You've probably heard the phrase "less is more" enough to wish you heard it less, the proof of its truthfulness could not be more clear than in the case of Activision Blizzard.
According to their financial results for the third quarter of 2020, microtransactions were the most lucrative part of Activision Blizzard's business by far, accounting for $1.2 billion out of the $1.77 billion in total net bookings.
This means that 61.5 per cent of their net bookings can be traced to in-game purchases, or as Activision Blizzard call them - in-game net bookings. To be fair though, it certainly sounds more appropriate than microtransactions, as there's nothing micro about the final result.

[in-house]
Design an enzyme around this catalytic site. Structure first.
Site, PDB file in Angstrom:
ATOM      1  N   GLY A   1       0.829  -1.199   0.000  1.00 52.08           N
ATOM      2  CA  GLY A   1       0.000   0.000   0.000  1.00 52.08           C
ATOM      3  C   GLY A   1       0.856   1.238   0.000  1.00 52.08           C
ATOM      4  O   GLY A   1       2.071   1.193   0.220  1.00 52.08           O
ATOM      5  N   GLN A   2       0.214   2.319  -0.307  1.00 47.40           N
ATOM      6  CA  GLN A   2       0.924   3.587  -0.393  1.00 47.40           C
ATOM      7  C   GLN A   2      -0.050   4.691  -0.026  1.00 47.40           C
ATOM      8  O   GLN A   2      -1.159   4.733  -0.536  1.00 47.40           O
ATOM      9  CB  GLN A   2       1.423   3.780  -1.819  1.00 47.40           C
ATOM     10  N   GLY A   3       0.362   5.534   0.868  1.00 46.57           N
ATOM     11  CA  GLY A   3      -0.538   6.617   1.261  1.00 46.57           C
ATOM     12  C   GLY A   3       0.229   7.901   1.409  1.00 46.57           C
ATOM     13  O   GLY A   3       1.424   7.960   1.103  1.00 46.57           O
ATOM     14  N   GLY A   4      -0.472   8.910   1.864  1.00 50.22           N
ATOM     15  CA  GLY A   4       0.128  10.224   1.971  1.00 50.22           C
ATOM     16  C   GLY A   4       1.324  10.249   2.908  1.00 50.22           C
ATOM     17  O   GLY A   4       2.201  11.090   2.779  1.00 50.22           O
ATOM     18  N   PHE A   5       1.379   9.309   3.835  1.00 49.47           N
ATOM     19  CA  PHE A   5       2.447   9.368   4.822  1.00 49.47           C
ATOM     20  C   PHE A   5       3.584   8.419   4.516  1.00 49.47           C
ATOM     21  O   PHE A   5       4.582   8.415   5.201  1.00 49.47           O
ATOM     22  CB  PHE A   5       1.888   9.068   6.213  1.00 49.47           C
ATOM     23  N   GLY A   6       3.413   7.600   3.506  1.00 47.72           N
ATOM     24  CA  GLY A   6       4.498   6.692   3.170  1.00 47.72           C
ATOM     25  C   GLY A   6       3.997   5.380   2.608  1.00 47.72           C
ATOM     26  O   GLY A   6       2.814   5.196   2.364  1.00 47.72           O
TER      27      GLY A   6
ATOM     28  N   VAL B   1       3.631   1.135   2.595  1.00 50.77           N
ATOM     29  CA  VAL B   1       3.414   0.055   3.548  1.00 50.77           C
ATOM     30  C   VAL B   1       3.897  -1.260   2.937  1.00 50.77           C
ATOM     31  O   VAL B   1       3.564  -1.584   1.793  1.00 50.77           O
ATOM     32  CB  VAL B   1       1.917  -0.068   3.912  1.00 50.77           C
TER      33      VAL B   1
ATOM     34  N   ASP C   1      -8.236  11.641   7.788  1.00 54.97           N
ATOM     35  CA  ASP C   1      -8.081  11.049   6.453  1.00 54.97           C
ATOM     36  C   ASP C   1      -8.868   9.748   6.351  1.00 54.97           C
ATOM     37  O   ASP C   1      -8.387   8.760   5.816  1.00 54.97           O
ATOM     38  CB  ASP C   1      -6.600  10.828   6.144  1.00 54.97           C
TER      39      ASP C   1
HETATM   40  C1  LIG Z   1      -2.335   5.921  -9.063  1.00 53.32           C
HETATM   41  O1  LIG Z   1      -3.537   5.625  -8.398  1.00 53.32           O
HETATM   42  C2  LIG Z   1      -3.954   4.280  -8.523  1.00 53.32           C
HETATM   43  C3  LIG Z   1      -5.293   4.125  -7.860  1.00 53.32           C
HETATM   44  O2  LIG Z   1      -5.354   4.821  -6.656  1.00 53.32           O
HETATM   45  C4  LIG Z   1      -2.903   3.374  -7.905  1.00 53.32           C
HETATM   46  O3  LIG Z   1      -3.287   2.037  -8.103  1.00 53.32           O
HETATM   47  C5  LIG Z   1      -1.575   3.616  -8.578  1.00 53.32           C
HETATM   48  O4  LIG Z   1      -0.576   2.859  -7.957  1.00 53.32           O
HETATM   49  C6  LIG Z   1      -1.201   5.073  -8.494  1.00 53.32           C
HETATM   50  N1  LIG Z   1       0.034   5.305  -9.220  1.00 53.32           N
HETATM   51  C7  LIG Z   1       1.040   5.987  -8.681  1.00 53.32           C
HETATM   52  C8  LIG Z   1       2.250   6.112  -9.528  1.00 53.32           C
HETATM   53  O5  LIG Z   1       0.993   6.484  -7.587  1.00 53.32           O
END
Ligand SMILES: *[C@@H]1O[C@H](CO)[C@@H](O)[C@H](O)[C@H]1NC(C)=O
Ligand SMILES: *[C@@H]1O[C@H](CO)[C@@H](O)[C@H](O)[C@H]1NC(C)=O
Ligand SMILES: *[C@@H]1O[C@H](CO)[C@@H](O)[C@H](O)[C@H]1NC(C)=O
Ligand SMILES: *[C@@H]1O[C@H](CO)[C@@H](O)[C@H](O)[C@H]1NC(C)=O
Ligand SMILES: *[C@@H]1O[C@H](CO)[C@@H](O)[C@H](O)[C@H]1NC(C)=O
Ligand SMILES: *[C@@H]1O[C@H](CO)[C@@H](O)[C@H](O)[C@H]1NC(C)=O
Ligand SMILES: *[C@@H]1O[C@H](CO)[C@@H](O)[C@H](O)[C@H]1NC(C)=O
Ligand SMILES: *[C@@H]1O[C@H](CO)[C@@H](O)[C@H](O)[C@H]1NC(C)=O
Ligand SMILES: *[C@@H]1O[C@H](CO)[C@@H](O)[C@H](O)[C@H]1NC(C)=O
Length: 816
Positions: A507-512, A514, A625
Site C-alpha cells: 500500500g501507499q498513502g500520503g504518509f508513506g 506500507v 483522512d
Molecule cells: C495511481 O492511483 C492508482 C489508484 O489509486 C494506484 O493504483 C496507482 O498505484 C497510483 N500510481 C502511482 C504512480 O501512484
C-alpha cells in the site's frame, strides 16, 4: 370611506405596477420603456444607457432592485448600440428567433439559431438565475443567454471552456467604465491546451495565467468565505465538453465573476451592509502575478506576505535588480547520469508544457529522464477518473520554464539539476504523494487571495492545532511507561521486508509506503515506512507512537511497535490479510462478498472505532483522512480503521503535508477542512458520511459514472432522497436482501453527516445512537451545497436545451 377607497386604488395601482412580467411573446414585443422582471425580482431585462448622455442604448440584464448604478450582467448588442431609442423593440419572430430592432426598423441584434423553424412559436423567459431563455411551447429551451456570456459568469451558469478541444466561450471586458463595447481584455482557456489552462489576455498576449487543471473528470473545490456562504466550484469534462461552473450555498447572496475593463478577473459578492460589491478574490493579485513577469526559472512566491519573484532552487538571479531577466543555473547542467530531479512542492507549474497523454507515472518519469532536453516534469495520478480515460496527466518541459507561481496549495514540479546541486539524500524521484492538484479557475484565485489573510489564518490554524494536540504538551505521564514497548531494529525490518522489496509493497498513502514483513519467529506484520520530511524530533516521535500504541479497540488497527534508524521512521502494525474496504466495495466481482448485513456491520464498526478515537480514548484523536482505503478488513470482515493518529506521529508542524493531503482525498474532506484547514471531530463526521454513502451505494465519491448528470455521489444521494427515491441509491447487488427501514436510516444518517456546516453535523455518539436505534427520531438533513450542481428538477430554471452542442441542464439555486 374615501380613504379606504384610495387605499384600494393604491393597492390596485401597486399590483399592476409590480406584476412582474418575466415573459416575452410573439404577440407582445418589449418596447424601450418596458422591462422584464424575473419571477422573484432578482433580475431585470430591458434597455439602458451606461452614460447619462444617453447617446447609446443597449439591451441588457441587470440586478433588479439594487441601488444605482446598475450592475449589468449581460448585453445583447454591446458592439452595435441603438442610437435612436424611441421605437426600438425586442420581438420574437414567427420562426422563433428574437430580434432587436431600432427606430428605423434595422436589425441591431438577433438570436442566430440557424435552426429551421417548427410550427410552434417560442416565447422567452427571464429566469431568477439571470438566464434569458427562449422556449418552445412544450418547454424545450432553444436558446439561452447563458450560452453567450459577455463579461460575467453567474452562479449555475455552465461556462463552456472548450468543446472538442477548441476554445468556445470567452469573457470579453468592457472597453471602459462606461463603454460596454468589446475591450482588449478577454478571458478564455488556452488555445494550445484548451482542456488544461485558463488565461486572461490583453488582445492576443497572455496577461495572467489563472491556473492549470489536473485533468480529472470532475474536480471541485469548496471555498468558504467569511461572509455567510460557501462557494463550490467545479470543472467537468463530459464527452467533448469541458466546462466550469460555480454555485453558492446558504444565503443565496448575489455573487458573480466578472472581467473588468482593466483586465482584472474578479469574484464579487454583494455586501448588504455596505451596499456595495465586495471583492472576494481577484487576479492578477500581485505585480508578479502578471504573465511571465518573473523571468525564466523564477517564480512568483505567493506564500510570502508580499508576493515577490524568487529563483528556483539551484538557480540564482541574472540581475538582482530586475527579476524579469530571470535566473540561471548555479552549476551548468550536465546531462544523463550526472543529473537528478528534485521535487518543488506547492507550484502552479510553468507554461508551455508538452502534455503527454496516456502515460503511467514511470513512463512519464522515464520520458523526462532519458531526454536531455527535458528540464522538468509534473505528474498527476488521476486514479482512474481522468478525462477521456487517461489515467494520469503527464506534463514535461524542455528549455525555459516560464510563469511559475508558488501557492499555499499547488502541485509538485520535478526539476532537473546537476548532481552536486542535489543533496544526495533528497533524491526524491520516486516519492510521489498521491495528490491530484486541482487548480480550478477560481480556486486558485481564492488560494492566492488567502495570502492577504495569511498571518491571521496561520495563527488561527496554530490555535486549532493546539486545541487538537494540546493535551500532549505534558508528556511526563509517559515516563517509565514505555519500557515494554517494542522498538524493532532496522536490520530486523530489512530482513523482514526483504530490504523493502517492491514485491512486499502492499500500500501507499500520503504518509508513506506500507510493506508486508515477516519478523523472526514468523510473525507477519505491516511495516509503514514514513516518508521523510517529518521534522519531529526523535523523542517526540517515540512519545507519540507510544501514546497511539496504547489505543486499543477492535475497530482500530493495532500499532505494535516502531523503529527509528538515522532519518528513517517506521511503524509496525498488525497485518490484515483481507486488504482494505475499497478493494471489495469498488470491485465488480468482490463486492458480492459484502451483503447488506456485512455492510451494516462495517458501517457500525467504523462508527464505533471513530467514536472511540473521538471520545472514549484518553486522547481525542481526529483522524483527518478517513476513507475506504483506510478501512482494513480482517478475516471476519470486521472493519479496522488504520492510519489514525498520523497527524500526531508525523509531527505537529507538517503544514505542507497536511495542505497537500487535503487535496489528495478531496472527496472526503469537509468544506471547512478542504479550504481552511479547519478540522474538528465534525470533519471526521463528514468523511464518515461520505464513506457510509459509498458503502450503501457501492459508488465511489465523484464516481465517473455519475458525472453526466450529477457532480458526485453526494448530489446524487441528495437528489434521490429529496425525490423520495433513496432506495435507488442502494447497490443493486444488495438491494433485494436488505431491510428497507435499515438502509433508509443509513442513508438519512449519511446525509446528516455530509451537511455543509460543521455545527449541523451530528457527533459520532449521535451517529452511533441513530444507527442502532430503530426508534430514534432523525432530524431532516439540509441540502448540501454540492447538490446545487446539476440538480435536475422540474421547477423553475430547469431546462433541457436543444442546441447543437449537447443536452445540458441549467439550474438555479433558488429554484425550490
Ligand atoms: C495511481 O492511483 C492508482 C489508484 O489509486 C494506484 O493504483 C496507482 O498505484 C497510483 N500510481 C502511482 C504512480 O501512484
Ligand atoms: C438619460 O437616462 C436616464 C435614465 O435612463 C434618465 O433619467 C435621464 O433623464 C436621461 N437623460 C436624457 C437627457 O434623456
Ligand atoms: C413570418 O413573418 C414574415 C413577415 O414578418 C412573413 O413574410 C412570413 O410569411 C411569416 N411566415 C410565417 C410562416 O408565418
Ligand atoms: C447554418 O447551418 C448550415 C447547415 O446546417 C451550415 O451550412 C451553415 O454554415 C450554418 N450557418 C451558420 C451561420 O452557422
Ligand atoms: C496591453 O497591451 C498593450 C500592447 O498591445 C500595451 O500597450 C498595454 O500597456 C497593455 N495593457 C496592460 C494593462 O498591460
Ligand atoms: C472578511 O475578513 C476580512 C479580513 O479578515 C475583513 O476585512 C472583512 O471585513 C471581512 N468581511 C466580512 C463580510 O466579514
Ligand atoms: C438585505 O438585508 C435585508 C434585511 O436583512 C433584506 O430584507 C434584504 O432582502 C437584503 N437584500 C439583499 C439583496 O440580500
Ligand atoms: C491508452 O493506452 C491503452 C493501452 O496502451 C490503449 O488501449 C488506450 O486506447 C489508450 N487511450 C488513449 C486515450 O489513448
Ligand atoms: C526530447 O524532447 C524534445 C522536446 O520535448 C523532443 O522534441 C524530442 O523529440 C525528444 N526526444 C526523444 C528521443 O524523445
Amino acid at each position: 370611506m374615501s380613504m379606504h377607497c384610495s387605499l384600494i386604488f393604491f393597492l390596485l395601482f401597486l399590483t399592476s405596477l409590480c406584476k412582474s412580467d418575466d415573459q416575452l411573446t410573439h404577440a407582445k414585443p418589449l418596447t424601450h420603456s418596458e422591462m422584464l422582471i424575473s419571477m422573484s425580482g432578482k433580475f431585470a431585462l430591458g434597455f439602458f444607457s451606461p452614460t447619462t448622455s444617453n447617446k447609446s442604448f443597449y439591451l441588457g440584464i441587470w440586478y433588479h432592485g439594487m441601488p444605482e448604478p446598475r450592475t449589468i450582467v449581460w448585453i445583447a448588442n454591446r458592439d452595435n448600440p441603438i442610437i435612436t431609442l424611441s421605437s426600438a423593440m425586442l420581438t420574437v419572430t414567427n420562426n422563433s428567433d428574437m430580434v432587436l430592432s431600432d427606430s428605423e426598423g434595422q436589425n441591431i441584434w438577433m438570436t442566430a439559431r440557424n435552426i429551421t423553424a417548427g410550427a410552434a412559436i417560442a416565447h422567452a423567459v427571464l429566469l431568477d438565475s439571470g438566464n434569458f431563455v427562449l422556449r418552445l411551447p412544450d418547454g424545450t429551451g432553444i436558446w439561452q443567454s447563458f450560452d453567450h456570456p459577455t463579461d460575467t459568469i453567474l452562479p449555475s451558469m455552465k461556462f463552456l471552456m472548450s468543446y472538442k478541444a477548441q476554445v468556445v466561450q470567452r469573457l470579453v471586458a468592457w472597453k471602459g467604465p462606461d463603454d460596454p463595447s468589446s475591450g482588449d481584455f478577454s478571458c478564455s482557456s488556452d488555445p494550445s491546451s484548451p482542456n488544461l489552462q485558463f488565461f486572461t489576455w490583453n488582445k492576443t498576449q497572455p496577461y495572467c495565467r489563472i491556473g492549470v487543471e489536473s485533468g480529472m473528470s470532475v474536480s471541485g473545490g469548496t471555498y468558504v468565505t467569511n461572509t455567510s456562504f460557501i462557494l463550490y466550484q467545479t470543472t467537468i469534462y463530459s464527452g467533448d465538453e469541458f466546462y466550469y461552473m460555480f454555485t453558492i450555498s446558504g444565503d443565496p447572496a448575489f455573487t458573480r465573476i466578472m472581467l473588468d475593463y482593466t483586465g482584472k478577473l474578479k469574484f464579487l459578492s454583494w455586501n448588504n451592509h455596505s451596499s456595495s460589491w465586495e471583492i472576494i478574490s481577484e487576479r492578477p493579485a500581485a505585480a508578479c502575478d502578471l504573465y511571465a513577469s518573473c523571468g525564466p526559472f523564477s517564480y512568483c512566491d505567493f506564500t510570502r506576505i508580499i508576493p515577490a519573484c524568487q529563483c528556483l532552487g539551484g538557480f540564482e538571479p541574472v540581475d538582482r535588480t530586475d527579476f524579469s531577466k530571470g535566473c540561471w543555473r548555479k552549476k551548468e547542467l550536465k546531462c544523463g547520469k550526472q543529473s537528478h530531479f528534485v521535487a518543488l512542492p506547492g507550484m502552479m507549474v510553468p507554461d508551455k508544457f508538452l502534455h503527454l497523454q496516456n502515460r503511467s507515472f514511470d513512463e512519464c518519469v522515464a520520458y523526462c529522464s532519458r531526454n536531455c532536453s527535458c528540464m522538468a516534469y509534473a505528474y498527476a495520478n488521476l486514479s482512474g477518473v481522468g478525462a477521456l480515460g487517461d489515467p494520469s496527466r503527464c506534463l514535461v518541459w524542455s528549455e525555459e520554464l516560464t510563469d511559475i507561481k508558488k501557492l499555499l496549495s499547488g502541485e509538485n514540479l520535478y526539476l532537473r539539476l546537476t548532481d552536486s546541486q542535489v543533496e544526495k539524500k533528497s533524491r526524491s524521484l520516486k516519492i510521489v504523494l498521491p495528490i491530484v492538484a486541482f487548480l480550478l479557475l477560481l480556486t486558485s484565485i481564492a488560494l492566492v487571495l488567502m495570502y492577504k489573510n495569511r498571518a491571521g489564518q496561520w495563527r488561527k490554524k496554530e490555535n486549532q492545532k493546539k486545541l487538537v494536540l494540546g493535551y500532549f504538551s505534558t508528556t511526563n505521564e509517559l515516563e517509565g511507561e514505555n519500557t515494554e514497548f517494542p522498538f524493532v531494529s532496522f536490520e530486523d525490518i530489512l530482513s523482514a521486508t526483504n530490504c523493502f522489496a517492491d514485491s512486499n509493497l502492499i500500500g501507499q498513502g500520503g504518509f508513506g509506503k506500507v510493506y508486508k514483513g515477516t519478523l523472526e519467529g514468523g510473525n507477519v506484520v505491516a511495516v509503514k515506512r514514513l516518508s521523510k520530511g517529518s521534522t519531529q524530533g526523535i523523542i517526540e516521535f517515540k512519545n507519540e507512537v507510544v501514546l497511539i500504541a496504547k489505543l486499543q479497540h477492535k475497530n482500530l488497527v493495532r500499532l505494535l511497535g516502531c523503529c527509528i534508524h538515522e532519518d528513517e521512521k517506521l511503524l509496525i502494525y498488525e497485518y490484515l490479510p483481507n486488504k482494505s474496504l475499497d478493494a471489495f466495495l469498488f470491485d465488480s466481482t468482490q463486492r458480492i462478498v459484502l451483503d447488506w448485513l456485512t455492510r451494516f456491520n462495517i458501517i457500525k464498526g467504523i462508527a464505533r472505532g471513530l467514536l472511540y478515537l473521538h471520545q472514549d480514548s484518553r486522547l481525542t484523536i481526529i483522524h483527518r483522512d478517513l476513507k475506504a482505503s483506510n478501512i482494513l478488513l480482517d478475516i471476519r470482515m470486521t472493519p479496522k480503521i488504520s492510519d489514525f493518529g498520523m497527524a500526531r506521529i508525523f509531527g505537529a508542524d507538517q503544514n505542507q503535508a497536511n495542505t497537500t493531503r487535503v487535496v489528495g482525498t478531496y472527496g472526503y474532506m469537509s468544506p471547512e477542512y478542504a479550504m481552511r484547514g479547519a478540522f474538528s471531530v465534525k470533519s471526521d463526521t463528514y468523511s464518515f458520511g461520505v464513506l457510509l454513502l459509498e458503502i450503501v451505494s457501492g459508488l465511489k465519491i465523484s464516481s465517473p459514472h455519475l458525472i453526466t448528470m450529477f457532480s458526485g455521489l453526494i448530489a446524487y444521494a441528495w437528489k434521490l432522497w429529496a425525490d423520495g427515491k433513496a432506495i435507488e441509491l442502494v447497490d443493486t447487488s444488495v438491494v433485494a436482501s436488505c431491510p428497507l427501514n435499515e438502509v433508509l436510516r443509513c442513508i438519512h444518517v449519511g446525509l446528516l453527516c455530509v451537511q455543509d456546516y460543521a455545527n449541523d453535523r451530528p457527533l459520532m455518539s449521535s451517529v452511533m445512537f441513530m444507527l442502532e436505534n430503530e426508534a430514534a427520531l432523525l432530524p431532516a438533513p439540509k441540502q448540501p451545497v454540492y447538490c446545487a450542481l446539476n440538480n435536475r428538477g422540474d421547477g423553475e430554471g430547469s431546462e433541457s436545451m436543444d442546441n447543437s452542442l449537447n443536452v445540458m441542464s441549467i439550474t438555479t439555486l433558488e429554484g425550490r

Much like the rest of the video game market, Activision Blizzard got some wind in their sails thanks to social distancing and whatnot. This led to significant gains across the board and compared to 2019, we're looking at 69 per cent total improvement.
Call of Duty: Modern Warfare and Warzone are apparently leading the way in sales. In fact, it turns out that the two raked in as much as four times what they did last year, earning them the highest first-year sales in the franchise's history.
If we had to pick, however, we would've put our money on Candy Crush Saga, but Activision Blizzard didn't go into much detail here. They did say that King's microtransactions also grew in profitability year-on-year, but they didn't say by how much.
It's pretty clear that Activision Blizzard aren't likely to abandon their microtransaction-laden strategy anytime soon, as they've become the company's golden goose. Players spending peanuts on Call of Duty trinkets is the way to go, and the cheapness of microtransactions on the user end is anything but for the two's gold reserves.